While acknowledging he's a football fan, Obama told The New Republic he's concerned about the violent nature of the sport - enough so that if he had a son, he'd think twice about allowing him to play.

``I think that those of us who love the sport are going to have to wrestle with the fact that it will probably change gradually to try to reduce some of the violence,'' he said.

``In some cases, that may make it a little bit less exciting, but it will be a whole lot better for the players, and those of us who are fans maybe won't have to examine our consciences quite as much.''

49ers cornerback Tarell Brown called football ``a dangerous sport,'' but not one he would dissuade anyone from trying.

``I can understand what President Obama is saying, but at the same time, the league is putting in things (for safety),'' Brown said. ``It is a physical game if you are passionate about it and are trained the right way.''

But Reed isn't sure everyone is being trained properly, or cared for adequately.

``I felt like I played the game as safe as possible,'' he said. ``I even tell the guys that they have to take care of their bodies, take care of themselves. If you take care of that, it will take care of you.''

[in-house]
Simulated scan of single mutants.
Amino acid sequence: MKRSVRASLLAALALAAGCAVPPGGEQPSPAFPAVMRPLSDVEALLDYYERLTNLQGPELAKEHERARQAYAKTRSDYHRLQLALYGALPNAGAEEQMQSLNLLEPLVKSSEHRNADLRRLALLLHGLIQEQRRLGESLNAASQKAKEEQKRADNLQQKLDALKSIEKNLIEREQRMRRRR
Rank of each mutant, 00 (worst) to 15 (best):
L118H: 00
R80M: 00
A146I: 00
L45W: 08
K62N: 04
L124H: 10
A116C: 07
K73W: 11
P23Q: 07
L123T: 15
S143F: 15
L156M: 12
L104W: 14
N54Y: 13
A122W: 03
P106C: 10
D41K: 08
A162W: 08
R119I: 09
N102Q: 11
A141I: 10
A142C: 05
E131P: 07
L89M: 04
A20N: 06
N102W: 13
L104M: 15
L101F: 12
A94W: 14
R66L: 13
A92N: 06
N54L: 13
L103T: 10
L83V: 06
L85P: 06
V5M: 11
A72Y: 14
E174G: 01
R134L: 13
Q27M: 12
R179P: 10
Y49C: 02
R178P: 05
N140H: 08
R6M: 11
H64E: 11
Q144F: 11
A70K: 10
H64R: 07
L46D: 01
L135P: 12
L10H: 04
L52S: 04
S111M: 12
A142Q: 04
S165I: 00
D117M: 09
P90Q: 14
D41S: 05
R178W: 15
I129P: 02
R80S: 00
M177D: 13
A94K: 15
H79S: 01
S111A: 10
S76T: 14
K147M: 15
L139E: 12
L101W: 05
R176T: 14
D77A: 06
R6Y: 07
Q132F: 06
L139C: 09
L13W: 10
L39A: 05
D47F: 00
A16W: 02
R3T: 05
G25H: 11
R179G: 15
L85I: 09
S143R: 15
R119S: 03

San Francisco coach Jim Harbaugh joked about allowing his son Jack, now 4 months old, to follow in his footsteps; Harbaugh was an NFL quarterback for 14 seasons.

``If President Obama feels that way, then (there will) be a little less competition for Jack Harbaugh when he gets older,'' said Harbaugh, whose older brother John coaches the Niners' opponent, the Baltimore Ravens. ``That's the first thing that jumps into my mind, if other parents are thinking that way.''

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Antonio Brown apologizes for streaming Steelers' locker room scene

Antonio Brown apologizes for streaming Steelers' locker room scene

Steelers wide receiver Antonio Brown apologized Tuesday night for streaming live video from the Steelers locker room on Sunday featuring coach Mike Tomlin calling the New England Patriots 'a--h---s' in advance of Sunday's AFC Championship Game.

Brown posted the locker room scene through Facebook Live and has since deleted it.

Ironically enough, the video also included Tomlin telling his team to "keep a low profile."

"I'm sorry for my actions and behavior after Sunday's game," Brown posted on his Twitter feed. "I let my emotions and genuine excitement get the best of me, and I wanted to share that moment with our fans."

"It was wrong of me to do, against team and NFL policy, and I have apologized to Coach Tomlin and my teammates for my actions.

"I'm sorry for letting it become a distraction and something that they've had to answer questions about while we're preparing for a big game on Sunday."